The Sound of Broken Glass by Deborah Crombie

Sound of Broken GlassThe Sound of Broken Glass

Deborah Crombie

William Morrow, 2013, 368 Pages

ISBN No. 978-0061990632

Reviewed by Patricia E. ReidDeborah Crombie

A seedy hotel in the Crystal Palace district of London is the scene of the murder of Vincent Arnott, a well-respected barrister.  Detective Inspector Gemma Jones is called to the scene, accompanied by newly promoted Detective Sergeant Melody Talbot.  It appears that the victim arrived at the hotel alone but let someone in through the fire door once he was in the hotel.   The victim was found naked and apparently strangled.

The officers visit the Arnott home to inform Mrs. Arnott and find that she is suffering from dementia and, evidently, her husband has been doing his best to care for her at home.  It is difficult for Mrs. Arnott to begin to understand what the police officers are attempting to tell her.  Mrs. Arnott can’t offer any information that would help the officers in their investigation due to her condition.

Arnott was at a local pub prior to going to the hotel.  The guitar player at the pub, Andy Monahan, was involved in an argument that evening. Arnott had supposedly had words with Monahan,  as well.  It turns out that Duncan, Gemma’s husband, had previously dealt  with Monahan in an earlier case.  Because of Duncan’s earlier acquaintance with Andy, he helps a bit with the investigation even though he is not authorized to do so.  Before Gemma and her assistant can get too far into the investigation another barrister is found murdered and the circumstances are much like the Arnott murder. The only difference being the second victim was found in his home not at a hotel.

Gemma’s husband, Detective Superintendent Duncan Kincaid, is off work at home caring for the couple’s three year-old foster daughter.  Their daughter has been having a hard time adjusting and Gemma and Duncan have taken turns using leave in order to stay home and care for the girl.  Duncan’s leave is about to run out and he is investigating a new school for Caroline.  While he is checking into possibilities for Caroline, he finds yet another connection to Andy Monahan.

The past plays a large part in the present happenings and it takes awhile for Gemma and her crew to finally uncover the entire story and find the killer.  The conclusion took me completely by surprise.  I enjoyed “The Sound of Broken Glass” and would recommend the book.

The Confession by Charles Todd

The Confession

(An Inspector Ian Rutledge Mystery)

Charles Todd

William Morrow, 2012, 352 Pages

ISBN No. 978-0062015662

Reviewed by Patricia E. Reid

A man walks into Rutledge’s office at Scotland Yard and identifies himself as Wyatt Russell.  From Russell’s appearance, it is obvious that the man is very ill.  Russell admits to Rutledge that he is suffering from cancer and does not have long to live.  His purpose for visiting Scotland Yard is to confess that he killed a man in 1915 and was never apprehended.  Russell states that confessing is the only way to clear his conscience.  He names his victim as his cousin, Justin Fowler.

Rutledge is curious but confused.  Although Russell admits to the murder, he is not willing to offer many details and eventually states that his confusion is due to the morphine that he is taking.  Without enough evidence to open a murder inquiry Rutledge still cannot just let the matter go.  His curiosity will not allow it.  When a body is found floating in the Thames with a bullet in the back of the head, it turns out that the body is that of Rutledge’s confessor to murder of a few weeks ago. There is a gold locket around the man’s neck containing a picture of a young woman.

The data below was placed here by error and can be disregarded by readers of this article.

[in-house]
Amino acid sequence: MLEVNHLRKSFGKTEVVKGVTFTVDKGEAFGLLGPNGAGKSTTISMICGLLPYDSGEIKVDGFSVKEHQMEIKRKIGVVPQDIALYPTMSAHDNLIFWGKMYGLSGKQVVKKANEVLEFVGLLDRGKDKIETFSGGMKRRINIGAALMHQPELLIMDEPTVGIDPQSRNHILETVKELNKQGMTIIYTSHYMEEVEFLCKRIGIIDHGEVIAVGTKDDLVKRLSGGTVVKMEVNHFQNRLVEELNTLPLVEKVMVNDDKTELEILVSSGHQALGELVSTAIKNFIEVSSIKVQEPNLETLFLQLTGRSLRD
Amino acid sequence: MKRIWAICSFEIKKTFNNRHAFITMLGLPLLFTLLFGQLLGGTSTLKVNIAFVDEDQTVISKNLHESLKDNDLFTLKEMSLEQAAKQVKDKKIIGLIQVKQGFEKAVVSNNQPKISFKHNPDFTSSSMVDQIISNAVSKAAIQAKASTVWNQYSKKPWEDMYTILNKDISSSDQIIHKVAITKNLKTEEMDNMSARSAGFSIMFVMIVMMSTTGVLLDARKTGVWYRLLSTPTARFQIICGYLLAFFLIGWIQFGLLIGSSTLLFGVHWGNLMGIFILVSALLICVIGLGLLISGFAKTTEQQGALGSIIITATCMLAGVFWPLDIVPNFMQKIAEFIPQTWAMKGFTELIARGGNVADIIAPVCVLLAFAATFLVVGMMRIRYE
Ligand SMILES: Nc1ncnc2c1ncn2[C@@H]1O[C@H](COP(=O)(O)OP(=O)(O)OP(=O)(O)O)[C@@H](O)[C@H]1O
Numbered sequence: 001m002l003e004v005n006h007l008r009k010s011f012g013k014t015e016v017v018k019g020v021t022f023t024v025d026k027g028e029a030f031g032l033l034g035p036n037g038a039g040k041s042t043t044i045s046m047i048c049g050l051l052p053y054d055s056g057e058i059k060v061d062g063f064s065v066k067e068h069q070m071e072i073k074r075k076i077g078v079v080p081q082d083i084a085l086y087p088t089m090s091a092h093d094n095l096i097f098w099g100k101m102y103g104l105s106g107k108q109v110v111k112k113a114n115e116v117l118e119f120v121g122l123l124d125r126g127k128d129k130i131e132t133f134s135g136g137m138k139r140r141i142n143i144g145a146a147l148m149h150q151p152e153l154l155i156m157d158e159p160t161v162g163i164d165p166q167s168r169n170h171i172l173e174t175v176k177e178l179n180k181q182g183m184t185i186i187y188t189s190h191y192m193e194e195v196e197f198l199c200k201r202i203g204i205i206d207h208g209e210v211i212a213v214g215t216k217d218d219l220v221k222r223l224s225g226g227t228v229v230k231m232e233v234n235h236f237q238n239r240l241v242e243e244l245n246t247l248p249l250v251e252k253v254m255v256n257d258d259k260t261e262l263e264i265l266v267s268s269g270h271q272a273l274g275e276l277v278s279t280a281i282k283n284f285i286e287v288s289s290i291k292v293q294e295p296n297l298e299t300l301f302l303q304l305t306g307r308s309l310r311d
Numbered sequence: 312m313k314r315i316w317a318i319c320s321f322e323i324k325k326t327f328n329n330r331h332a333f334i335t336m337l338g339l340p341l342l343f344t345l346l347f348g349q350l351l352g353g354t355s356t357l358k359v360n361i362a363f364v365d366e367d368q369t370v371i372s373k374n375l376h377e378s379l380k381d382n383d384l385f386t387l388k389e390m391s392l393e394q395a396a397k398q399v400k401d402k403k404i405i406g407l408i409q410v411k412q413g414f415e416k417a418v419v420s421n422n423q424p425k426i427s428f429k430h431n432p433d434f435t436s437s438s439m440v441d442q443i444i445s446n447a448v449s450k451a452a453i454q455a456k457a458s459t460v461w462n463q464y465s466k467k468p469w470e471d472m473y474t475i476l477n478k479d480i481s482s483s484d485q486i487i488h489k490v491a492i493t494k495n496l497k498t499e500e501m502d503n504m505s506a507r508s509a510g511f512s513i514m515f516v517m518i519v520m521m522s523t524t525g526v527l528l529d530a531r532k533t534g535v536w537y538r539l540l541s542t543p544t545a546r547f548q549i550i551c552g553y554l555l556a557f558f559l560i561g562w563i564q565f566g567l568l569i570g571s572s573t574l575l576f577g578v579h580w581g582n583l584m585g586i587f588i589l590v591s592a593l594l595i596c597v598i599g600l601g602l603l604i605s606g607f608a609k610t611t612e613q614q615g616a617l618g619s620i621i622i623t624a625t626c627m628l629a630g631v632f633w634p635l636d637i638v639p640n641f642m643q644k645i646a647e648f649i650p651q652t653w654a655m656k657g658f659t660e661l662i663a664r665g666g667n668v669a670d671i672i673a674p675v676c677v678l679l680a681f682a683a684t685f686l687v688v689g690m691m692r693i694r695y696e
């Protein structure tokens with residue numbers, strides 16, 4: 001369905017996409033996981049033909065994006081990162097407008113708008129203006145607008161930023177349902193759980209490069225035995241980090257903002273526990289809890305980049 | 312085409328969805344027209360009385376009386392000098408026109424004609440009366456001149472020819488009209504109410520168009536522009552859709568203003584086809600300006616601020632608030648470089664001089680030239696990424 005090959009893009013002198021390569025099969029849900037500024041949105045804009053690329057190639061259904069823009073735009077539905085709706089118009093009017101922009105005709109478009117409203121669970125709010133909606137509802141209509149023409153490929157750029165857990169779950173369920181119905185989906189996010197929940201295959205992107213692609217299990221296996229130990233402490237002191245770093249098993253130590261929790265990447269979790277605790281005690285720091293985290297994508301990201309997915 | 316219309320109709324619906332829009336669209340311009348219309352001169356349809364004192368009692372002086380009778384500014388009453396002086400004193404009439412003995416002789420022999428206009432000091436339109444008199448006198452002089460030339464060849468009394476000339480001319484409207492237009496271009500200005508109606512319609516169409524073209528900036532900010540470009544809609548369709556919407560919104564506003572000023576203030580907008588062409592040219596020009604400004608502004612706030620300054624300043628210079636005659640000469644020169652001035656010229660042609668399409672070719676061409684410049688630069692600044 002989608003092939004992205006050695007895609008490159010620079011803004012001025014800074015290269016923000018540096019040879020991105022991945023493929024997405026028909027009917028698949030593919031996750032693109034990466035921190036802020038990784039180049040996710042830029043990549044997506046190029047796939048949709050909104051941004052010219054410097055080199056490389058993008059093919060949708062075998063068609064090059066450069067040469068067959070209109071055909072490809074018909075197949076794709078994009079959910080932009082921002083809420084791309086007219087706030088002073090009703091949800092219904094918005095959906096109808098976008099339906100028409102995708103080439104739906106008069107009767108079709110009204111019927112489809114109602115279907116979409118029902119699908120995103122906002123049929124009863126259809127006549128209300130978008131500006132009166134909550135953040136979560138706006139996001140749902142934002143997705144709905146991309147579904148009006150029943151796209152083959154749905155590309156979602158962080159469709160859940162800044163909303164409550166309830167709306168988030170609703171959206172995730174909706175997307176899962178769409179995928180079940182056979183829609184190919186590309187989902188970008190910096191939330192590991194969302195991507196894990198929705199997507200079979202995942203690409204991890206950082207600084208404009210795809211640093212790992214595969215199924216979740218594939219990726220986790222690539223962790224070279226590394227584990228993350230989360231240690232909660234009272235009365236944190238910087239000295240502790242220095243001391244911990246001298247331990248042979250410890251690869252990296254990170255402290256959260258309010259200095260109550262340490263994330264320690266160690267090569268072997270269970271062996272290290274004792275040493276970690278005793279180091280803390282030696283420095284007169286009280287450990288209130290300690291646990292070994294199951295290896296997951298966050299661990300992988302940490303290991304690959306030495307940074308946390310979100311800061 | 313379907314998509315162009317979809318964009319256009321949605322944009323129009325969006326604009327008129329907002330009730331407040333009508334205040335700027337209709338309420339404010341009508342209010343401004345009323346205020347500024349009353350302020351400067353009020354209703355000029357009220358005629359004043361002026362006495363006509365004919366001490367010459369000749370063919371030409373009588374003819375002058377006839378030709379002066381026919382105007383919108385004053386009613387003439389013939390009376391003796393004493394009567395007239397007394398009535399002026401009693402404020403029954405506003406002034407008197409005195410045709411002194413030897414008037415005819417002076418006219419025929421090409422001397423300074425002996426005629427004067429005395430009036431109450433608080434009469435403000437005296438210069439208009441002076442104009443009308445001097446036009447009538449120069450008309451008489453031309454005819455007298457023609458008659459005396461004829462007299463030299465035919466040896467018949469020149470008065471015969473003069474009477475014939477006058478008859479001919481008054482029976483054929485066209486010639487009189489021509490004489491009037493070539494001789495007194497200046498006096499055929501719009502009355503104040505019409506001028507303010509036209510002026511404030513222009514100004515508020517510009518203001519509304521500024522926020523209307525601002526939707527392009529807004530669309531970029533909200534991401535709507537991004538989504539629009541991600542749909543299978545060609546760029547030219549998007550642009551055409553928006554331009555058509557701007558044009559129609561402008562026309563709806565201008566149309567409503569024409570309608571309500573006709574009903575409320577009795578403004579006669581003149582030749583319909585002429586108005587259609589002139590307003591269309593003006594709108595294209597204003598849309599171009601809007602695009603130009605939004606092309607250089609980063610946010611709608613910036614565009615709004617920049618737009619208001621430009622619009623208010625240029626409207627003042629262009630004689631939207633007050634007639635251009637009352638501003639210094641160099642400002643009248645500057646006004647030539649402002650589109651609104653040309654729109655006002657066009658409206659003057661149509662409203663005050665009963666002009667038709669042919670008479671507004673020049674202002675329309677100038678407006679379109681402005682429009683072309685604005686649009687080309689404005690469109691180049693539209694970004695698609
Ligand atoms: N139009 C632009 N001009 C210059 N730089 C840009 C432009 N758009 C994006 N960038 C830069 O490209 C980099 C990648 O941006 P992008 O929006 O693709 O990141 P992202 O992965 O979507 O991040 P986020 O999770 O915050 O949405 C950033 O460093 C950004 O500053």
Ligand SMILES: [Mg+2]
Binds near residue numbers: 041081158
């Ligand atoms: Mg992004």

Rutledge takes the locket and travels to Essex and the village of Furnham, the home of Wyatt Russell.  Although the community of

Charles and Caroline Todd write the Inspector Rutledge series

Furnham does not welcome strangers, Rutledge is able to speak to the minister who informs Rutledge that the picture of the dead man is not that of Wyatt Russell.

It turns out the dead man who passed himself off, as Wyatt Russell is actual Ben Willet, the son of a fisherman, who grew up in the town of Furnham.  Wyatt Russell resided at River’s Edge, an estate near the town.  Wyatt’s mother took in a cousin Justin Fowler to raise after Fowler’s parents died. Cynthia Farraday also came to live at River’s Edge after the death of her parents.  Wyatt’s mother disappeared from River’s Edge and her body was never found. Servants attested to the fact that the gold locket found around the neck of Ben Willet was actually owned by Mrs. Russell and there was a picture inside of Mr. and Mrs. Russell.  Mrs. Russell was known to wear the locket daily.

Rutledge is left with a puzzle of so many pieces it seems impossible to put together but he is determined.  It seems that there are many mysteries surrounding River’s Edge to say nothing of the town of Furnham. The residents have good reason to keep strangers away.  Rutledge has at least three deaths to puzzle out.  Mrs. Russell who disappeared and is believed dead in 1914, Justin Fowler’s reported death in 1915 and now Ben Willet, who confessed to the killing of Justin Fowler when passing himself off as Wyatt Russell.

The story is intriguing and the outcome is not one that I expected.  Hamish McLeod, the ghost that rides shotgun with Rutledge, is present in The Confession but his presence is not as predominant as it has been in past Rutledge novels.  I found this novel to be a great addition to the Ian Rutledge series but can be read as a stand-alone.